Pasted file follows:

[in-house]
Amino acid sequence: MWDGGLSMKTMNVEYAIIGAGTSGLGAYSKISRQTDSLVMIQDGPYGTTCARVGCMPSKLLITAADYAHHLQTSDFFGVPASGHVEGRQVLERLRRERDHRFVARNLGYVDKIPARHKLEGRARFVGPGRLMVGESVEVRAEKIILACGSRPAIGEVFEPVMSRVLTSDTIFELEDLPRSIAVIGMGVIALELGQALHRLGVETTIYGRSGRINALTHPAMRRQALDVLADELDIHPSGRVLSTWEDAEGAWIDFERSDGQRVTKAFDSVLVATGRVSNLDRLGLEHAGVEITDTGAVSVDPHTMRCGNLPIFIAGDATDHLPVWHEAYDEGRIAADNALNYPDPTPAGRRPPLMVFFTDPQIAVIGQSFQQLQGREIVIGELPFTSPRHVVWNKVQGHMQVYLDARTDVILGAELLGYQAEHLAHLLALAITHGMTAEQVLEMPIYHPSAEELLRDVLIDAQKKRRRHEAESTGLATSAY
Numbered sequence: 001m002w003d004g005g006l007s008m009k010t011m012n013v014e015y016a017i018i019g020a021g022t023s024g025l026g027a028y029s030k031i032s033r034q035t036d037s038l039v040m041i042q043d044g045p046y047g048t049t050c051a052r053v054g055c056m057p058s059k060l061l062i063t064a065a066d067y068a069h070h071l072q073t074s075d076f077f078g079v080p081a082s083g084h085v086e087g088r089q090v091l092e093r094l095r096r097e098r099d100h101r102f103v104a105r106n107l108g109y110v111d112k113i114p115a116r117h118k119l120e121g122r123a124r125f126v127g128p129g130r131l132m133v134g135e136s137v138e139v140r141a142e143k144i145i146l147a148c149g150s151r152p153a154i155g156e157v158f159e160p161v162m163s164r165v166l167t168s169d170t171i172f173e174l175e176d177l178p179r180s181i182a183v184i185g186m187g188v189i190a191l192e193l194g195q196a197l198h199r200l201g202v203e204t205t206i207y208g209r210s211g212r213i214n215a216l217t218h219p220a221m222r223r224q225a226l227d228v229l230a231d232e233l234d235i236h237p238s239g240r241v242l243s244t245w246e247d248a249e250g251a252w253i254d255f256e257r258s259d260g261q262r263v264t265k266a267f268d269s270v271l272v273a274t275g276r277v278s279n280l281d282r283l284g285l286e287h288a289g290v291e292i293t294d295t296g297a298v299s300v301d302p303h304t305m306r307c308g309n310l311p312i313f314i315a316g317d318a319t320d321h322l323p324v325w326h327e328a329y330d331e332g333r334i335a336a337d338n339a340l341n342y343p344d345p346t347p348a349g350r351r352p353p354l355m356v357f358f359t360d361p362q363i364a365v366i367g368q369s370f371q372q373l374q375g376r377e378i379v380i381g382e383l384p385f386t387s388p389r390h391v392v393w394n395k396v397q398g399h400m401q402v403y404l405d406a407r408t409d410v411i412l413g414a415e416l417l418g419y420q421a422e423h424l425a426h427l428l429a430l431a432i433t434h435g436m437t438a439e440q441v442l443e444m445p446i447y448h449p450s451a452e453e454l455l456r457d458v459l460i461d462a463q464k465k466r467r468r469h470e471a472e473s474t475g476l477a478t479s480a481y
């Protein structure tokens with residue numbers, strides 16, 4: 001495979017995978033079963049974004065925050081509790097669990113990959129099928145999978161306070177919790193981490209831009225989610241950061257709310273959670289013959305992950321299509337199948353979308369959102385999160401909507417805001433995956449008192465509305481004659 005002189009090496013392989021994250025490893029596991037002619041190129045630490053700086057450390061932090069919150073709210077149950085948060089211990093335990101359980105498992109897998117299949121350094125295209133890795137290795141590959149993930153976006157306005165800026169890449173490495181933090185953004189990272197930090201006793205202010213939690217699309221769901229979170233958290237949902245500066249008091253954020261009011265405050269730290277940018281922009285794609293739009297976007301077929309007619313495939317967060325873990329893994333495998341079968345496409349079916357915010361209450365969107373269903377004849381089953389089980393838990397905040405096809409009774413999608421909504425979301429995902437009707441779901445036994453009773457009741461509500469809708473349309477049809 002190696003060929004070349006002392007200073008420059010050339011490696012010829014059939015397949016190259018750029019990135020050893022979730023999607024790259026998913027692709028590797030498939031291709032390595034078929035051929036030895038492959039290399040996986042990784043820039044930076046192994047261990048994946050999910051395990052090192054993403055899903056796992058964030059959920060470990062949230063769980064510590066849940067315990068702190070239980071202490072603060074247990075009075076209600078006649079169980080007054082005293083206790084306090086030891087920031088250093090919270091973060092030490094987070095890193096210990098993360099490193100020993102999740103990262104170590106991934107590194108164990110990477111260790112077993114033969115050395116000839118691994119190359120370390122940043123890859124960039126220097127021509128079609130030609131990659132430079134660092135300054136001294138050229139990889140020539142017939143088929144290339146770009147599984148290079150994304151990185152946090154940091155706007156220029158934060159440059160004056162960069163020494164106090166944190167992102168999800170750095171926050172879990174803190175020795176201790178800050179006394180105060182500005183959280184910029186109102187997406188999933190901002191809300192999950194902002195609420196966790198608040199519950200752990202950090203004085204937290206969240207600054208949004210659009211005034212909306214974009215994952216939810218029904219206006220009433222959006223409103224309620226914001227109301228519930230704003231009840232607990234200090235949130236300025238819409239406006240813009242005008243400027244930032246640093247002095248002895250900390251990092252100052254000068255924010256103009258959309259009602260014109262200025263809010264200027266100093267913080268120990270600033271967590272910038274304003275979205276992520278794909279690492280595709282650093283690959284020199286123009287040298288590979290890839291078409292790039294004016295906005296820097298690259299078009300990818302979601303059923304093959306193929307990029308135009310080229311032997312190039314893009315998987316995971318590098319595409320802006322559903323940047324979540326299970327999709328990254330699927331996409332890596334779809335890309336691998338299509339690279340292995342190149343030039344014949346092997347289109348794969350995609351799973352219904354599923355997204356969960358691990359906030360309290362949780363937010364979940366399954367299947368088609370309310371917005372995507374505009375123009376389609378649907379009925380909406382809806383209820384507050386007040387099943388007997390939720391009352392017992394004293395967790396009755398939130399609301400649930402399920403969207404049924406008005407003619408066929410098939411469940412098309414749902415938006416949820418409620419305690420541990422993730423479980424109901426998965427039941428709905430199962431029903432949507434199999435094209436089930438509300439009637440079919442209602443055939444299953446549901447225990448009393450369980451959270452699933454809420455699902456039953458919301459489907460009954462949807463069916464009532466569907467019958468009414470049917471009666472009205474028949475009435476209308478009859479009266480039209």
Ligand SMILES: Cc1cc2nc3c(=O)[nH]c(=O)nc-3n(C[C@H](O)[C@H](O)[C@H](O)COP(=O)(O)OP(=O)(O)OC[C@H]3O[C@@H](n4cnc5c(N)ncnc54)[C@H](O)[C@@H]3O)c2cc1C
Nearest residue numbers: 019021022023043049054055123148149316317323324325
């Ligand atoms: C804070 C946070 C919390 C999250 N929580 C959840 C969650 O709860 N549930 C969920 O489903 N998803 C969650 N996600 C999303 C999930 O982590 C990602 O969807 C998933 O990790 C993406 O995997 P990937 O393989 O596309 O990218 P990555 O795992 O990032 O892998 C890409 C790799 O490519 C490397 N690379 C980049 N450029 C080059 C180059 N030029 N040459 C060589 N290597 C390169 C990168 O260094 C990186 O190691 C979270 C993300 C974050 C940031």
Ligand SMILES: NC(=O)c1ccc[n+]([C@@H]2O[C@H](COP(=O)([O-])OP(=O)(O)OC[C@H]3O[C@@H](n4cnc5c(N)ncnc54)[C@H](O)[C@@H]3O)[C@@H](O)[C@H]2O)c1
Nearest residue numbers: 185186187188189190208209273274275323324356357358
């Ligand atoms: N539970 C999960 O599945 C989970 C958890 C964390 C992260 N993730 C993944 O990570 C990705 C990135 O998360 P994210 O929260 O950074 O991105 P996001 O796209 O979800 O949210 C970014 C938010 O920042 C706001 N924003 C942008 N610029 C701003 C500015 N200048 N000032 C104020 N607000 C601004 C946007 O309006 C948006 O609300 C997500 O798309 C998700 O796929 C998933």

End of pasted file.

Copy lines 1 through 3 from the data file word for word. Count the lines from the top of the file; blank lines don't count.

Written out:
[in-house]
Amino acid sequence: MWDGGLSMKTMNVEYAIIGAGTSGLGAYSKISRQTDSLVMIQDGPYGTTCARVGCMPSKLLITAADYAHHLQTSDFFGVPASGHVEGRQVLERLRRERDHRFVARNLGYVDKIPARHKLEGRARFVGPGRLMVGESVEVRAEKIILACGSRPAIGEVFEPVMSRVLTSDTIFELEDLPRSIAVIGMGVIALELGQALHRLGVETTIYGRSGRINALTHPAMRRQALDVLADELDIHPSGRVLSTWEDAEGAWIDFERSDGQRVTKAFDSVLVATGRVSNLDRLGLEHAGVEITDTGAVSVDPHTMRCGNLPIFIAGDATDHLPVWHEAYDEGRIAADNALNYPDPTPAGRRPPLMVFFTDPQIAVIGQSFQQLQGREIVIGELPFTSPRHVVWNKVQGHMQVYLDARTDVILGAELLGYQAEHLAHLLALAITHGMTAEQVLEMPIYHPSAEELLRDVLIDAQKKRRRHEAESTGLATSAY
Numbered sequence: 001m002w003d004g005g006l007s008m009k010t011m012n013v014e015y016a017i018i019g020a021g022t023s024g025l026g027a028y029s030k031i032s033r034q035t036d037s038l039v040m041i042q043d044g045p046y047g048t049t050c051a052r053v054g055c056m057p058s059k060l061l062i063t064a065a066d067y068a069h070h071l072q073t074s075d076f077f078g079v080p081a082s083g084h085v086e087g088r089q090v091l092e093r094l095r096r097e098r099d100h101r102f103v104a105r106n107l108g109y110v111d112k113i114p115a116r117h118k119l120e121g122r123a124r125f126v127g128p129g130r131l132m133v134g135e136s137v138e139v140r141a142e143k144i145i146l147a148c149g150s151r152p153a154i155g156e157v158f159e160p161v162m163s164r165v166l167t168s169d170t171i172f173e174l175e176d177l178p179r180s181i182a183v184i185g186m187g188v189i190a191l192e193l194g195q196a197l198h199r200l201g202v203e204t205t206i207y208g209r210s211g212r213i214n215a216l217t218h219p220a221m222r223r224q225a226l227d228v229l230a231d232e233l234d235i236h237p238s239g240r241v242l243s244t245w246e247d248a249e250g251a252w253i254d255f256e257r258s259d260g261q262r263v264t265k266a267f268d269s270v271l272v273a274t275g276r277v278s279n280l281d282r283l284g285l286e287h288a289g290v291e292i293t294d295t296g297a298v299s300v301d302p303h304t305m306r307c308g309n310l311p312i313f314i315a316g317d318a319t320d321h322l323p324v325w326h327e328a329y330d331e332g333r334i335a336a337d338n339a340l341n342y343p344d345p346t347p348a349g350r351r352p353p354l355m356v357f358f359t360d361p362q363i364a365v366i367g368q369s370f371q372q373l374q375g376r377e378i379v380i381g382e383l384p385f386t387s388p389r390h391v392v393w394n395k396v397q398g399h400m401q402v403y404l405d406a407r408t409d410v411i412l413g414a415e416l417l418g419y420q421a422e423h424l425a426h427l428l429a430l431a432i433t434h435g436m437t438a439e440q441v442l443e444m445p446i447y448h449p450s451a452e453e454l455l456r457d458v459l460i461d462a463q464k465k466r467r468r469h470e471a472e473s474t475g476l477a478t479s480a481y